smooth again. The lateral irregularities on each rail are inphase with each other. Both
have a wavelength of 11.88 m and a peaktopeak height of 31.75 mm. In the
Manchester Benchmark for Rail Vehicle Simulation (Iwnicki, 1999) this track is
known as Track Case 3. For this track, the vehicle traverses the rail at a constant
speed of 22.5 m/s (81 km/hr)
Figure 6.12 Plan view of lateral irregularities – Track Case 3 (Iwnicki, 1999)
x
z
Lateral oscillation
x
y
Pitching
(c)
(f)
Chapter 6 – Wheel rail systems with irregularities
283
The lateral displacement of the leading wheel relative to the track and the lateral
displacement of the vehicle body as a function of time are plotted in Figures 6.13 and
6.14, respectively. The results presented in Figure 6.13a and 6.14a are obtained from
the author’s developed WRC element model, while the results in Figure 6.13b and
6.14b are taken from Iwnicki (1999) studies.
50
40
30
20
10
0
10
20
30
40
50
0 50 100 150
Distance Along Track (m)
L
a
t
e
r
a
l
D
i
s
p
l
a
c
e
m
e
n
t
(
m
m
)
Leading Wheel  WRC
Lef t Track  WRC
Right Track  WRC
Figure 6.13 Lateral displacement of leading wheelset relative to the track as a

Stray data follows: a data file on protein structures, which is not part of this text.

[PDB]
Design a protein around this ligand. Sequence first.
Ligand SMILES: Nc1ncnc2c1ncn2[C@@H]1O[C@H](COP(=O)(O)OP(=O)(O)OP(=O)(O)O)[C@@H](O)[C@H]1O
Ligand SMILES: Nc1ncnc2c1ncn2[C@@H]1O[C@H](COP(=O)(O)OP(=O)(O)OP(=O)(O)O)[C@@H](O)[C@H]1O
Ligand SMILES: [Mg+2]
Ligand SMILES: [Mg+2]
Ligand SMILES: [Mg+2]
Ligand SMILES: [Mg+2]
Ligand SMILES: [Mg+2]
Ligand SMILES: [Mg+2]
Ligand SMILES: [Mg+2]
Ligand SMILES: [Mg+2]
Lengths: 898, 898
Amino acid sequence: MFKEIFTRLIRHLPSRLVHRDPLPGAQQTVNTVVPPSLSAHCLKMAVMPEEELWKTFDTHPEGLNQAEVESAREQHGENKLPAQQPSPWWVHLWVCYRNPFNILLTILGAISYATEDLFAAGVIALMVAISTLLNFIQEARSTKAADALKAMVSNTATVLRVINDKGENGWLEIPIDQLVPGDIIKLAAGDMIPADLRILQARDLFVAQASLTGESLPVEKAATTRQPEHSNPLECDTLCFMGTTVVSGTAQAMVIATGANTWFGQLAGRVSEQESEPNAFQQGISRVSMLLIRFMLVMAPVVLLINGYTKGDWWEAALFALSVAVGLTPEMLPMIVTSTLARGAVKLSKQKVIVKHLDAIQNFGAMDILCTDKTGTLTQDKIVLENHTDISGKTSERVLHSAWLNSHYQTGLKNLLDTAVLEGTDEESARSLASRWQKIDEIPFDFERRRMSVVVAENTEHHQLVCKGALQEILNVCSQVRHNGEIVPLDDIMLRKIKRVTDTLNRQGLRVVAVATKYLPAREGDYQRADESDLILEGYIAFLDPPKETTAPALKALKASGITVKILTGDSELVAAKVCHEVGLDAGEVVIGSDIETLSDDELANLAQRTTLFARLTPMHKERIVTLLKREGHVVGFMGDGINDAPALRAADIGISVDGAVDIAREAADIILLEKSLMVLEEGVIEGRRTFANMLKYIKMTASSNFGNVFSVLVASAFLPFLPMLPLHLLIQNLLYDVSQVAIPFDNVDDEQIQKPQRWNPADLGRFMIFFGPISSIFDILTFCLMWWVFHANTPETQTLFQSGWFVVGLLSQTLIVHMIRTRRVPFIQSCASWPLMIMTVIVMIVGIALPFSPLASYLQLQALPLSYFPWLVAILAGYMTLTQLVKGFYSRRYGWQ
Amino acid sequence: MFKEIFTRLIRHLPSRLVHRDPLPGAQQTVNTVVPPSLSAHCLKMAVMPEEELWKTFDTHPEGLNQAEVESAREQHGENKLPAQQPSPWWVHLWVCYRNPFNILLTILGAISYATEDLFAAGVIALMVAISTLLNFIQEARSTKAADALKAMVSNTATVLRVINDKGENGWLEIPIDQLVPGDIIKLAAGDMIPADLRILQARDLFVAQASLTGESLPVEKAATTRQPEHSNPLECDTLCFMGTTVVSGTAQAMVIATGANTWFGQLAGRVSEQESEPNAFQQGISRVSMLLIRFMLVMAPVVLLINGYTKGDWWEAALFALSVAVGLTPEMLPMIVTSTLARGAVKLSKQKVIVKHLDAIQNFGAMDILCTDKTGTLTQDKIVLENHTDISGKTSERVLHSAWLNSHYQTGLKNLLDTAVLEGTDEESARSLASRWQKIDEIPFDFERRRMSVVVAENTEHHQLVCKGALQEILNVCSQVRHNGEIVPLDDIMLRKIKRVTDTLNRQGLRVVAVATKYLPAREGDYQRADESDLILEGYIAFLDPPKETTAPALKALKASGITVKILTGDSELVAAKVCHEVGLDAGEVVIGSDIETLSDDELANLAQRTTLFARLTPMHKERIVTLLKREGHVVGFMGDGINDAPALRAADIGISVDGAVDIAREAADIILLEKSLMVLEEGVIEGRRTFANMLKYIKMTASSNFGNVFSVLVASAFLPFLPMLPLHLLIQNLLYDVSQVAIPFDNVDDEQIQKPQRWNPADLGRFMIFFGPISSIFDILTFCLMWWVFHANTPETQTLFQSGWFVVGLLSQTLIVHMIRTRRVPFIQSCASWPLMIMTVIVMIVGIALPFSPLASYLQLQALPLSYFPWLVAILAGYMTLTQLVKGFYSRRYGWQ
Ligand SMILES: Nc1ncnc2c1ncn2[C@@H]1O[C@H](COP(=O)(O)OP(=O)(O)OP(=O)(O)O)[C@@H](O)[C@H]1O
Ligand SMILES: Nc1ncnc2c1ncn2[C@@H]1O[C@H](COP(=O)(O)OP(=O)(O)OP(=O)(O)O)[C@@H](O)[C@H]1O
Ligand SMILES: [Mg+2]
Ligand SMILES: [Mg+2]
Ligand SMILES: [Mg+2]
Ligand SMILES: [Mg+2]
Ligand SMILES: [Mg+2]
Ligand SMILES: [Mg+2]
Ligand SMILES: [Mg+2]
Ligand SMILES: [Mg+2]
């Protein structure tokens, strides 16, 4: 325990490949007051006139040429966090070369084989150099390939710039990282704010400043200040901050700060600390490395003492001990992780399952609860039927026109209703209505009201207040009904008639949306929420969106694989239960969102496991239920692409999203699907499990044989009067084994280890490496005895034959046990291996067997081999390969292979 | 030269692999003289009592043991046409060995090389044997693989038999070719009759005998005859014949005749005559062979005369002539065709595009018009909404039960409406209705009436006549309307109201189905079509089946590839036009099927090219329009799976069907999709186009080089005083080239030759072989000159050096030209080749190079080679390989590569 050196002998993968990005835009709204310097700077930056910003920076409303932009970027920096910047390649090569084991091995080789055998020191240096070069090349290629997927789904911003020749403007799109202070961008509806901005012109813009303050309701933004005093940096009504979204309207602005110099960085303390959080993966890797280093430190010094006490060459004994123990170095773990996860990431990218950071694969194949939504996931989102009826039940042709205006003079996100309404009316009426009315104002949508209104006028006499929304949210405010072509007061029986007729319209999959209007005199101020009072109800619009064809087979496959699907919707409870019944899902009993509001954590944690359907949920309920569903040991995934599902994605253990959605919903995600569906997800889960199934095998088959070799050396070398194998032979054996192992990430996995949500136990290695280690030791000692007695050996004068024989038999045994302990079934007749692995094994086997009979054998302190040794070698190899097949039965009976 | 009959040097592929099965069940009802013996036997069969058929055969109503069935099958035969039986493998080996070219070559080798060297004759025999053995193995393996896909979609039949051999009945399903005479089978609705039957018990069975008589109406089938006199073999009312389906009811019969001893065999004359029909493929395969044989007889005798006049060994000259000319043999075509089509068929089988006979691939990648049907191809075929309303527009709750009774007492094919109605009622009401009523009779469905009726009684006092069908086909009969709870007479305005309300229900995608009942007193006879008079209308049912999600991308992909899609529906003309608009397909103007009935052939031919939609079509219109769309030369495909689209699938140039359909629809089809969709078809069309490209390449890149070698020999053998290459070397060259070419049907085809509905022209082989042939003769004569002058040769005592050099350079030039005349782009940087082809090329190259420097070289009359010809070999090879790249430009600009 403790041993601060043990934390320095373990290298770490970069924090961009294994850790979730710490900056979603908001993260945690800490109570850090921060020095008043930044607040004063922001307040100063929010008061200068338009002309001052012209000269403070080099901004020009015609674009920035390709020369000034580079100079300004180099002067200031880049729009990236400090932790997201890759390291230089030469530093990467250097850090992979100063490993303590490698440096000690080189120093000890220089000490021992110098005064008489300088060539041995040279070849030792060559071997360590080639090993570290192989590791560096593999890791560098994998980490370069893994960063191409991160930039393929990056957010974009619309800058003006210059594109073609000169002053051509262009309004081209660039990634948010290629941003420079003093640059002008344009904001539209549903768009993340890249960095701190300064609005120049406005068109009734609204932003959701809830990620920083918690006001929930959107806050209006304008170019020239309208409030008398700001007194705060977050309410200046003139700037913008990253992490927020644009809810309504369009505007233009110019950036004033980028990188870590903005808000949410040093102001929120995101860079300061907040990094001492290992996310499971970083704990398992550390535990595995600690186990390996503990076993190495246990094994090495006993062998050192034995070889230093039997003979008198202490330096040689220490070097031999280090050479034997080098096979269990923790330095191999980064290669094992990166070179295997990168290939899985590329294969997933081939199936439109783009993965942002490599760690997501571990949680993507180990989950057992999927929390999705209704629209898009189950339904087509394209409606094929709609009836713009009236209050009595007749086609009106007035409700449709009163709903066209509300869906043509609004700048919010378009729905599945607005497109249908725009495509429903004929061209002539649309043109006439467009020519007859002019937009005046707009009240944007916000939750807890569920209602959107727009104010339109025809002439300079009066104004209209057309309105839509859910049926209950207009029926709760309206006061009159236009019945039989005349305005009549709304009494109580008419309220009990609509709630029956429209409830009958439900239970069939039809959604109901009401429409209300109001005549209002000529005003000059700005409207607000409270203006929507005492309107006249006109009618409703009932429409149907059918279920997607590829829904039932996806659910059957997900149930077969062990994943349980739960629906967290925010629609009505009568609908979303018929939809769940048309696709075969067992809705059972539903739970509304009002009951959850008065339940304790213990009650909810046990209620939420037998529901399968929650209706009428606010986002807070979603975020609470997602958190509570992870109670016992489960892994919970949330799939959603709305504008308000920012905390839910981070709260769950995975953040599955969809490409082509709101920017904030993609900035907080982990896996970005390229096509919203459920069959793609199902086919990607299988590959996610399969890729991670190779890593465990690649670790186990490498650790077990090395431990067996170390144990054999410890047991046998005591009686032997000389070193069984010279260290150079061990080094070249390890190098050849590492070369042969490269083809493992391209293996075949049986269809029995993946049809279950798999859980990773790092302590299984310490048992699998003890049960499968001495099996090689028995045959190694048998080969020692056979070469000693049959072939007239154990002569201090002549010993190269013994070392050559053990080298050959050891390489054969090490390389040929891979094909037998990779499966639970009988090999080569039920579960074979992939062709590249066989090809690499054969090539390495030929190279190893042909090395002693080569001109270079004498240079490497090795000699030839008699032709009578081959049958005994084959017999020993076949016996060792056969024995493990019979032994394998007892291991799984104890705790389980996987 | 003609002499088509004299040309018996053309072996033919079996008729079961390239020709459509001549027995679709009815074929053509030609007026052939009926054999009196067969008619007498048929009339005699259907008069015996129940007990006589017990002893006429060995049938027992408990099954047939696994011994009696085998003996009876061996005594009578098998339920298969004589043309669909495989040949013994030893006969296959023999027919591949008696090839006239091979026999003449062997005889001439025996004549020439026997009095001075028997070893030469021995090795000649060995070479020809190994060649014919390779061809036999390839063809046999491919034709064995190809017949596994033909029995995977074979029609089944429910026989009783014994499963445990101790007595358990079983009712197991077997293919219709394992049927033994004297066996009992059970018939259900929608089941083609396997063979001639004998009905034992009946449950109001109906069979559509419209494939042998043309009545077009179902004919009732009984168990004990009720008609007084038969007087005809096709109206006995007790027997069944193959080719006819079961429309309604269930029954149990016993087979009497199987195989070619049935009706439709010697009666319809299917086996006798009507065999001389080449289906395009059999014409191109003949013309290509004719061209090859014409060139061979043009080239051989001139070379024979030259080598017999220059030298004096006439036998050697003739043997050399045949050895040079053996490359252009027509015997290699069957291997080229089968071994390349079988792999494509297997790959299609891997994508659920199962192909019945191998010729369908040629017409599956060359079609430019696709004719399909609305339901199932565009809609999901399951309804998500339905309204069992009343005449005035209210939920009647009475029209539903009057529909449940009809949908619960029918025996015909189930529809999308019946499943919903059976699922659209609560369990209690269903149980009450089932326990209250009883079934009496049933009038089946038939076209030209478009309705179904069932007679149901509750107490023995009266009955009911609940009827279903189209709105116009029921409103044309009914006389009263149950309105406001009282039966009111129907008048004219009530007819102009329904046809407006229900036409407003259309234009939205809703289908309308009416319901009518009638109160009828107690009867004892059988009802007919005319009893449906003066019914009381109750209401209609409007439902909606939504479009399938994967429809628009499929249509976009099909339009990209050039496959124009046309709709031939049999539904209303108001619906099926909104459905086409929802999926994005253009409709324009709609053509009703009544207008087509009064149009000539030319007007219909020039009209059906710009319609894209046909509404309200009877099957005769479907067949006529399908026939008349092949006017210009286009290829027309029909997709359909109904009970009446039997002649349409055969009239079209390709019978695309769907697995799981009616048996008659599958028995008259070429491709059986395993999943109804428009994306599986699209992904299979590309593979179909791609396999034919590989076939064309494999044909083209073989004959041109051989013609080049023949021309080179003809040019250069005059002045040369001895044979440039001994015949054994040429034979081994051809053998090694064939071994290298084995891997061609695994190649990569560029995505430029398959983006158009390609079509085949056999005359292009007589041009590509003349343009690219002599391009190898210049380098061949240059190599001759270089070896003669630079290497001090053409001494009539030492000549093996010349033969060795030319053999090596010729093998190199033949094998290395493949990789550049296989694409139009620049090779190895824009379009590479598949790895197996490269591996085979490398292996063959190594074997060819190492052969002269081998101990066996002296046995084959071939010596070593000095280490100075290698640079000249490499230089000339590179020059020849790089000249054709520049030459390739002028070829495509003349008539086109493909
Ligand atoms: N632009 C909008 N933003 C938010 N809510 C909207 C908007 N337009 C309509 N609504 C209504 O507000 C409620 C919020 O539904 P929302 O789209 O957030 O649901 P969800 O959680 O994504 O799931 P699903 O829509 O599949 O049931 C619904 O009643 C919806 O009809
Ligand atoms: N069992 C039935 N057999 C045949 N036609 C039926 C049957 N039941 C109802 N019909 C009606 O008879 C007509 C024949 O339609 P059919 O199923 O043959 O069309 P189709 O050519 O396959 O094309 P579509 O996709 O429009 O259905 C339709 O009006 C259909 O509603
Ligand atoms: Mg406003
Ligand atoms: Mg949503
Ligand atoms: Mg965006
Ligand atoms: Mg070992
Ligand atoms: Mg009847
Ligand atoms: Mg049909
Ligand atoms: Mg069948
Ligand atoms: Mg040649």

function of time: (a) author’s model; (b) Iwinicki (1999). p. 34, Fig 24
(b)
(a)
Chapter 6 – Wheel rail systems with irregularities
284
6
4
2
0
2
4
6
0 50 100 150
Distance Along Track (m)
L
a
t
e
r
a
l
D
i
s
p
l
a
c
e
m
e
n
t
(
m
m
)
Vehicle Body  WRC
Figure 6.14 Lateral displacement of the vehicle body as a function of time: (a)
author’s models; (b) Iwinicki (1999). p. 34, Fig 23
Examining the results in Figure 6.14, the reader can see that the lateral displacement
of the vehicle body is somewhat different than the results from the literature.
Nevertheless, the lateral displacement of the leading wheelset shown in Figure 6.13
has good agreement with Iwinicki (1999) results. The periodic lateral movement of
axles known as the Klingel movement (Esveld, 1989) has been omitted from the
author’s model, which could explain the differences between Figure 6.14a and 6.14b.
(a)
(b)
Chapter 6 – Wheel rail systems with irregularities
285
In this next simulation, the vehicle again begins on smooth rail and must travel a
distance of 50 m before it undergoes any vertical irregularities. Beyond 50 m, from
the starting position, the vehicle is then subjected to vertical sinusoidal irregularities,
with a wavelength of 9 m and peaktopeak height of 20 mm as shown in Figure 6.15.
During this particular simulation, the vehicle begins with an initial speed of 20 m/s
(72 km/hr) as it travels along the smooth rail for 50 m. Then between the distances 50
to 250 m, from its original starting position, the speed of the vehicle is increased
linearly from 20 to 24 m/s (86.4 km/hr) with an acceleration of 0.44 m/s
2